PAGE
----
Free trade is not a magic bullet for national prosperity.

There may be a silver lining to the Trump presidency. Having vetoed American involvement in the Trans Pacific Partnership he is now hammering away at Nafta, which is the trade agreement between the United States, Canada and Mexico.

He is doing what he told his supporters he would do. He is attempting to put the United States first. He is attempting to bring manufacturing jobs back to the United States. Or so he says.

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He is unlikely to succeed. Most economic studies suggest manufacturing jobs have been lost more to technological progress rather than cheap overseas labour.

Ironically, despite Trump's rhetoric, American corporate interests have largely shaped the international economic environment since WWII.

But Trump's efforts highlight an interesting deficiency in the democratic process in New Zealand and many Western democracies. When was it exactly that New Zealand citizens voted for unmitigated free trade as a bedrock feature of our economy?

We have never debated the pros and cons of free trade during an election campaign. Our embrace of free trade was a product of the 1984 Labour Government which omitted to inform voters that it intended to implement textbook free market policies upon its election. Since then, free trade has become embedded in our economic framework as a bipartisan policy. It just slide in.

New Zealand has become an international champion of free trade. We are the Zsa Zsa Gabor of free trade agreements, willing to sign a union with anyone. This is based on the belief we have little to lose.

We have few remaining trade barriers and little negotiating power so any agreement gives our exporters access to more overseas consumers. Free trade allows us to specialise in what we are good at producing and gives us more consumers to sell to.

We can then buy cellphones, SUVs wide-screen TVs, clothes, computers and other stuff we are not so good at making. The theory sounds obvious but the reality is a little more murky. Here's several reasons why.

After more than 30 years of free trade, New Zealand is still largely reliant on commodity exports and, more recently, tourism. Commodity exports such as milk powder and meat are notorious for large price fluctuations at the whim of overseas markets. Tourism is generally a low-income industry. Commodity producers are generally price takers rather than price makers on world markets. We need more A2 milks and fewer Fonterras if we are to become a high-wage economy.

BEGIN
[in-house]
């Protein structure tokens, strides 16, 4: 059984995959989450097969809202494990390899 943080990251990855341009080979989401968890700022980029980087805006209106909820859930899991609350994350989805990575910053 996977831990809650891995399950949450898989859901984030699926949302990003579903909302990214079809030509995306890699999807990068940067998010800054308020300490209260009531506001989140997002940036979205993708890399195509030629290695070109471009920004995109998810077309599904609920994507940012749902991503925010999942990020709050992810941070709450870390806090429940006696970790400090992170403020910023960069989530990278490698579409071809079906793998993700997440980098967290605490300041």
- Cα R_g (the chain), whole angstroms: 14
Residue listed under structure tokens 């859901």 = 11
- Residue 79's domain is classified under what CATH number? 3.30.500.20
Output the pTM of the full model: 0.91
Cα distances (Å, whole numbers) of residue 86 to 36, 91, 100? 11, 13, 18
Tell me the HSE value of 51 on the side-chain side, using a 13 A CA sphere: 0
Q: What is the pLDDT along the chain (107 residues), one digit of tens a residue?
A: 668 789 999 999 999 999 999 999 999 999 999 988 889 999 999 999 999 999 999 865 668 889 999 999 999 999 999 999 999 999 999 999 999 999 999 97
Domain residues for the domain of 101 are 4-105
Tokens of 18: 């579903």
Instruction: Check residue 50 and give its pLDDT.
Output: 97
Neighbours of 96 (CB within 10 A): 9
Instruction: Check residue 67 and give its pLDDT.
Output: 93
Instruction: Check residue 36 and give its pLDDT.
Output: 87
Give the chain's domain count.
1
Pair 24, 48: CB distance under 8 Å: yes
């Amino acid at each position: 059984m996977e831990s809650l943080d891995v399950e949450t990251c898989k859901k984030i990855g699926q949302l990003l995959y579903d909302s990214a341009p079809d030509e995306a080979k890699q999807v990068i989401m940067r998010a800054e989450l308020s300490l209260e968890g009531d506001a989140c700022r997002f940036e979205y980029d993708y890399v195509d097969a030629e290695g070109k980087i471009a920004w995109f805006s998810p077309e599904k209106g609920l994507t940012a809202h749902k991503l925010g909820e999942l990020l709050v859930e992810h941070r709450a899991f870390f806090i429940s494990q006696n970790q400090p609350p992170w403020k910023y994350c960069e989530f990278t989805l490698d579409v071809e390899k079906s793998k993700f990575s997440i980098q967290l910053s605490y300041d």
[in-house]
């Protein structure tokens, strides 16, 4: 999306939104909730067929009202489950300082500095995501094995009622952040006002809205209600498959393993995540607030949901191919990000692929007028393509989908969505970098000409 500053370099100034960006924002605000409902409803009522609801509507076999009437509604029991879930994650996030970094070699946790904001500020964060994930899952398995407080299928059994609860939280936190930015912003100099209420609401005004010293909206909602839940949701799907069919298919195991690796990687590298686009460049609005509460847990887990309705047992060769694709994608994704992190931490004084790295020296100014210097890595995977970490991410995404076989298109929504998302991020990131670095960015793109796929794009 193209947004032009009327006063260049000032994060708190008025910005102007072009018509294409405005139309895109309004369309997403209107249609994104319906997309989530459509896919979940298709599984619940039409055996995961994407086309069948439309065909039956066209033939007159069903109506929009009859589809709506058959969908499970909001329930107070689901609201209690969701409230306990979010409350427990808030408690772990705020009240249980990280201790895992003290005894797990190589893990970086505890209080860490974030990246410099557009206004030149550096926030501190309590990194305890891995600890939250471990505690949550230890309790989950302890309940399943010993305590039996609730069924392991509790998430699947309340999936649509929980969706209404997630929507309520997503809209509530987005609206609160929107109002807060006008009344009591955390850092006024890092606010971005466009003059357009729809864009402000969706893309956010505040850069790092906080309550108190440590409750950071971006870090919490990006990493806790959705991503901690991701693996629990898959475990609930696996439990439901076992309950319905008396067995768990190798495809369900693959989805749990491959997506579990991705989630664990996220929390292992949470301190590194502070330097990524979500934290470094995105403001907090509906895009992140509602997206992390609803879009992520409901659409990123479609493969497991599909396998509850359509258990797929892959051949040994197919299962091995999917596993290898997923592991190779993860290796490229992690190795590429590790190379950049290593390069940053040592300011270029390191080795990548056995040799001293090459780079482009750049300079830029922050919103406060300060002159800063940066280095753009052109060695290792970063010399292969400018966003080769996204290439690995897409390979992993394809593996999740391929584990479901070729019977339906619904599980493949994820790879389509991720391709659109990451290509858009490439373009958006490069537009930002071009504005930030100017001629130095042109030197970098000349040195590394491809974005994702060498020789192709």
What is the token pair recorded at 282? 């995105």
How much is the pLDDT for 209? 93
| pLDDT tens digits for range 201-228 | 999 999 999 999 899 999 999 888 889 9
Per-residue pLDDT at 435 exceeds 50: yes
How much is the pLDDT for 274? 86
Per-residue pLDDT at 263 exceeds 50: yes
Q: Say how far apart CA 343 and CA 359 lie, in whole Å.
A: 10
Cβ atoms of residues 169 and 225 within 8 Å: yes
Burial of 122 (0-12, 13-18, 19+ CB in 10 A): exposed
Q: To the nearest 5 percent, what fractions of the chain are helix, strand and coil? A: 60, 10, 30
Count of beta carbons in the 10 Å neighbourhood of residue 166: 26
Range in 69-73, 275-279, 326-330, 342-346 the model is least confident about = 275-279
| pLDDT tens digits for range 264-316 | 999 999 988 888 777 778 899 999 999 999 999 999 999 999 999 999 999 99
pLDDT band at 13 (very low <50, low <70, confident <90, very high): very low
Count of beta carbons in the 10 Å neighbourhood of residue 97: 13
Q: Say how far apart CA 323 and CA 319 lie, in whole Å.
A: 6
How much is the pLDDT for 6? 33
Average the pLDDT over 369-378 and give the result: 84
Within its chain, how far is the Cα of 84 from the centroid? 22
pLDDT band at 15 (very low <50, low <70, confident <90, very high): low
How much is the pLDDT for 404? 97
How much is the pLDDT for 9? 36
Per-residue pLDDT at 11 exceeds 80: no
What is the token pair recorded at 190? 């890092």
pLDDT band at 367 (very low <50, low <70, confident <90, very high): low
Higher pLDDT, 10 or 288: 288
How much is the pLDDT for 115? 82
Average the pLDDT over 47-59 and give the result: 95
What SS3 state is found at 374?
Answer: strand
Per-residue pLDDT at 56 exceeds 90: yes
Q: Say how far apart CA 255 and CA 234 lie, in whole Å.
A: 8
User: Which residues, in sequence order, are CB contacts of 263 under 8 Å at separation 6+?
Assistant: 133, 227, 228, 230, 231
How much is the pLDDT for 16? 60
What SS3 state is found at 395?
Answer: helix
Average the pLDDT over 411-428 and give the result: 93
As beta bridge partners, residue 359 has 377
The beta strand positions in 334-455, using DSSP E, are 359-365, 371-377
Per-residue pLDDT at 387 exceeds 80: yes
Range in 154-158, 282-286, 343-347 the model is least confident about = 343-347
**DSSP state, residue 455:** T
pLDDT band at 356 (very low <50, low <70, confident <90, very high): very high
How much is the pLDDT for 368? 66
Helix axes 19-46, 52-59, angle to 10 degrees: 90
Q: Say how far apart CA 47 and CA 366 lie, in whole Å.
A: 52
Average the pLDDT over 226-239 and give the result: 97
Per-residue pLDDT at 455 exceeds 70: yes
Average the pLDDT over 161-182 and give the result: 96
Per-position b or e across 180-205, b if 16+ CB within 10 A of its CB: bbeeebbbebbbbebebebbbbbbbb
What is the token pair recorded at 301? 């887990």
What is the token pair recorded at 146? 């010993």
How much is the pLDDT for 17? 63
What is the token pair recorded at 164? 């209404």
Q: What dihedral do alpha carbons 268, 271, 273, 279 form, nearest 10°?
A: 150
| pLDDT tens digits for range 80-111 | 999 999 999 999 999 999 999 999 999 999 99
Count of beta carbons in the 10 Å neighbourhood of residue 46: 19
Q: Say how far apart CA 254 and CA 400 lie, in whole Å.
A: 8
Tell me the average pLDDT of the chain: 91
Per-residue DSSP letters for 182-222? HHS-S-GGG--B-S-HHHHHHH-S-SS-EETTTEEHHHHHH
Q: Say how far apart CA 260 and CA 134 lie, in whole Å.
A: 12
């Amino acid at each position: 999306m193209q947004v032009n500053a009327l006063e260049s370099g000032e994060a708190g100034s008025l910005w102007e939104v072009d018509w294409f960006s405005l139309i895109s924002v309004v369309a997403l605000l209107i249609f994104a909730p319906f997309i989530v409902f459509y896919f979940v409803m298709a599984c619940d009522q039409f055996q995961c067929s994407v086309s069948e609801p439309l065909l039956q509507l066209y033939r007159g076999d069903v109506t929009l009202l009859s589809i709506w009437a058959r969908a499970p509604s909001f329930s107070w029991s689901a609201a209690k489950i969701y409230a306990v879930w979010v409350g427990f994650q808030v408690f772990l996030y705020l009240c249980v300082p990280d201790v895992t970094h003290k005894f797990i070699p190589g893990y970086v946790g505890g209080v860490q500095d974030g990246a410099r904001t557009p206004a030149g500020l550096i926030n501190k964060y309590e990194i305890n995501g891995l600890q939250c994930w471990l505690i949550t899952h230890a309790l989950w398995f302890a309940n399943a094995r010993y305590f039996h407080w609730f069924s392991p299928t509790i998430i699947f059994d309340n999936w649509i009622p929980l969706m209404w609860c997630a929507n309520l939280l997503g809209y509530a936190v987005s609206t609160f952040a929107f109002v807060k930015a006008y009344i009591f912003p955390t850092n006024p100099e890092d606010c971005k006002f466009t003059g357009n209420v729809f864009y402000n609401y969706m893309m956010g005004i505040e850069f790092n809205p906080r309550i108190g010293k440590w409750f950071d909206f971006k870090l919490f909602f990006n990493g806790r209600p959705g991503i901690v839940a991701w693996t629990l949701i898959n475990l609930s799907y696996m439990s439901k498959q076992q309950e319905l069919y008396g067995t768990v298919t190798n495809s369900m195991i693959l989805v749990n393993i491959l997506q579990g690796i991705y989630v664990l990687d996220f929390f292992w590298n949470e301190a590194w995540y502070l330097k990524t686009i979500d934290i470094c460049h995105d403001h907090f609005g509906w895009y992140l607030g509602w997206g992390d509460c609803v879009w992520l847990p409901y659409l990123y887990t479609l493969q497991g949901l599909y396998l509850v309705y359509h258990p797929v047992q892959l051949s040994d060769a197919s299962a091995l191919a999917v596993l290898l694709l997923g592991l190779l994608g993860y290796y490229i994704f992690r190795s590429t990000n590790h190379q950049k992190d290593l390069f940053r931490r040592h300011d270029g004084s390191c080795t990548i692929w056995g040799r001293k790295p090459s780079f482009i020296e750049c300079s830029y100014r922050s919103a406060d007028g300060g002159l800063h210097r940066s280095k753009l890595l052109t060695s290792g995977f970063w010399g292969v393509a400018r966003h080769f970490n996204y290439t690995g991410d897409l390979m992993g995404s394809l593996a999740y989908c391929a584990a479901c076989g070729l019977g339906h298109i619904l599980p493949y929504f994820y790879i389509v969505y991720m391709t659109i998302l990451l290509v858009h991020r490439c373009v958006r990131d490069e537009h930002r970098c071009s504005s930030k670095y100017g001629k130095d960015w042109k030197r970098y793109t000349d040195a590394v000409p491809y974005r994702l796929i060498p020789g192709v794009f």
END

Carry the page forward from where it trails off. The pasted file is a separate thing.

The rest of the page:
Commodity production also suffers from diminishing returns. A country is ultimately limited in agricultural output by its natural resources. Eventually it runs out of fertile land. It hits peak cow.

Rich countries tend to specialise in products that experience increasing returns such as computer software, film-making, pharmaceuticals. The more that is produced and sold, the lower the average cost of output.

These industries generally offer higher wages and a higher standard of living. Free trade is very beneficial to such industries because it increases the size of the market.
This is why American firms are so hot on protecting their patents and copyrights in international markets. This is also why Kim Dotcom is in such trouble.

No country in history has become rich from a policy of free trade. Britain, the United States and now China developed their economies using protectionist policies. They only adopt free trade after their key industries become dominant in world markets. Hypocrisy has always been a core feature of the free trade debate.

In theory, free trade should increase a country's overall prosperity because it allows a country to specialise in what it is best at producing. But this says little about how this prosperity will be shared.

In recent decades, the benefits of free trade and globalisation have gone mainly to the owners of capital, particularly in developed economies. Firms are able to relocate to employ cheaper labour abroad or replace labour with technology.

Free trade is not a magic bullet for national prosperity. It is far more nuanced. It can magnify inequality of income in a society. It can also lock a country into producing commodities that suffer from diminishing returns and lower wages. Think peak cow.

Trump's political success is largely a manifestation of the anger of those left behind by free trade and globalisation in recent decades. We may not like him, but he may have a point. Maybe it's time we had that debate we never had.

Peter Lyons teaches economics at Saint Peter's College in Epsom and has written several economics textbooks